Do interior designers have a responsibility to create environmentally-friendly designs? Fast-furniture and flat-pack furniture companies have become ever more popular as the home decor market flourishes. More people consider home goods disposable rather than a lifetime investment.
This means that almost 10 MILLION TONS of furniture go into landfills yearly.
And that number doesn’t include construction waste and carpeting.
So, do we have a responsibility to the earth to curtail this?
I believe so. But it’s not so easy because often there isn’t a black and white, good or bad solution. Take for example - vegan leather. Many are terrible for the environment because of the materials used and way they are manufactured, but they are good for animals and often the raising of these animals is hard on the environment. So what’s best?
I believe that you should let your values lead you and do your best.
For me, that would be having a conversation with my client about the level of quality that I purchase - not buying cheap, disposable furniture. Not buying super trendy furniture. There are places I don’t shop, I’ve turned down projects because I couldn’t provide a level of sustainability - which is often linked to quality.
It's important to educate yourself the impact your purchases make on others - whether that be the environment, people, and animals. For example, LEED, while a great idea, is often just another badge to slap on a building that ultimately may not mean much. Or that vegan leather example I mentioned above.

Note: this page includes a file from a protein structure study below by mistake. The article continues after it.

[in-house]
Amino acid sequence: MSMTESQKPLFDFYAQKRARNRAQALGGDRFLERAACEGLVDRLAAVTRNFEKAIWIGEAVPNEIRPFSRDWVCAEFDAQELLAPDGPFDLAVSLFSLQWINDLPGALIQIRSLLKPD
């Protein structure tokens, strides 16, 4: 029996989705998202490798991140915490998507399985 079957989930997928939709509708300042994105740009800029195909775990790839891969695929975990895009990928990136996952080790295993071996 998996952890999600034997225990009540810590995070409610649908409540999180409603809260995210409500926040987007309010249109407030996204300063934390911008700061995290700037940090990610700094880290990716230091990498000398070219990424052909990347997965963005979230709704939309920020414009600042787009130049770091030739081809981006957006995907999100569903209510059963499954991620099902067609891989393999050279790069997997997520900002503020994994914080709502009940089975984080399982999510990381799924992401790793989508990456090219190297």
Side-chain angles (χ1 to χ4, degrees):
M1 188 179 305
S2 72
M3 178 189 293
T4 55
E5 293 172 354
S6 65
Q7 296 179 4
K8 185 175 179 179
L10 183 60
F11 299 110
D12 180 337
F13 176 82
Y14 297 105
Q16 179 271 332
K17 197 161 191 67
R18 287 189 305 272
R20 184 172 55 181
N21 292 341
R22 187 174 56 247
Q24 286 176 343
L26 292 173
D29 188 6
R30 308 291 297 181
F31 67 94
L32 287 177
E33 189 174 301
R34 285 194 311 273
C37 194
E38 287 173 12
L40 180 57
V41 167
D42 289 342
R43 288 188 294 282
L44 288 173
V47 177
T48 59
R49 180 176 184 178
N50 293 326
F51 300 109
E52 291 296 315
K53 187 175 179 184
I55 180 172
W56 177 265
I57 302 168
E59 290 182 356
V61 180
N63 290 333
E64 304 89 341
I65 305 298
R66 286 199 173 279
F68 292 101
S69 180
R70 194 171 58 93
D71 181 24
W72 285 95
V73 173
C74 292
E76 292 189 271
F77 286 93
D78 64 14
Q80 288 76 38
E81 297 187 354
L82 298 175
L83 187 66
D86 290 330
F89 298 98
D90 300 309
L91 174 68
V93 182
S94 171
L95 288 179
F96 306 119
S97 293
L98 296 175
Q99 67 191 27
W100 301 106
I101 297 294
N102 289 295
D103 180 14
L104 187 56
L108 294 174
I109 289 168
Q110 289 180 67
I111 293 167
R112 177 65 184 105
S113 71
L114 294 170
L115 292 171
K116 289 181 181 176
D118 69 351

How much of sustainability is our responsibility?
I’ve written this post to get you thinking about your role in interior design and the environment. Do you recycle, use reusable bags, drive a hybrid, drink from steel straws, not purchase bottled water? These are small things you can do in your own home, but what about the homes of your clients?
What Can You Do?
This is a great place to specialize. In-depth knowledge about healthy products - both clean in the home and clean in manufacturing is something that people will likely seek out.
At minimum you can include questions on your on-boarding questionnaire about the client’s desired environmental impact. Often making them aware of the “better” options and the terrible waste the furniture industry creates will encourage better choices.
Simply focusing on longer lasting and longer wearing products will make an impact. All those antiques that no one is buying anymore are cheaper than ever - and generally better for the environment. Plus they’ve stood the test of time. Focus on trendless and fadless designs so that it doesn’t need to be redone in a couple years.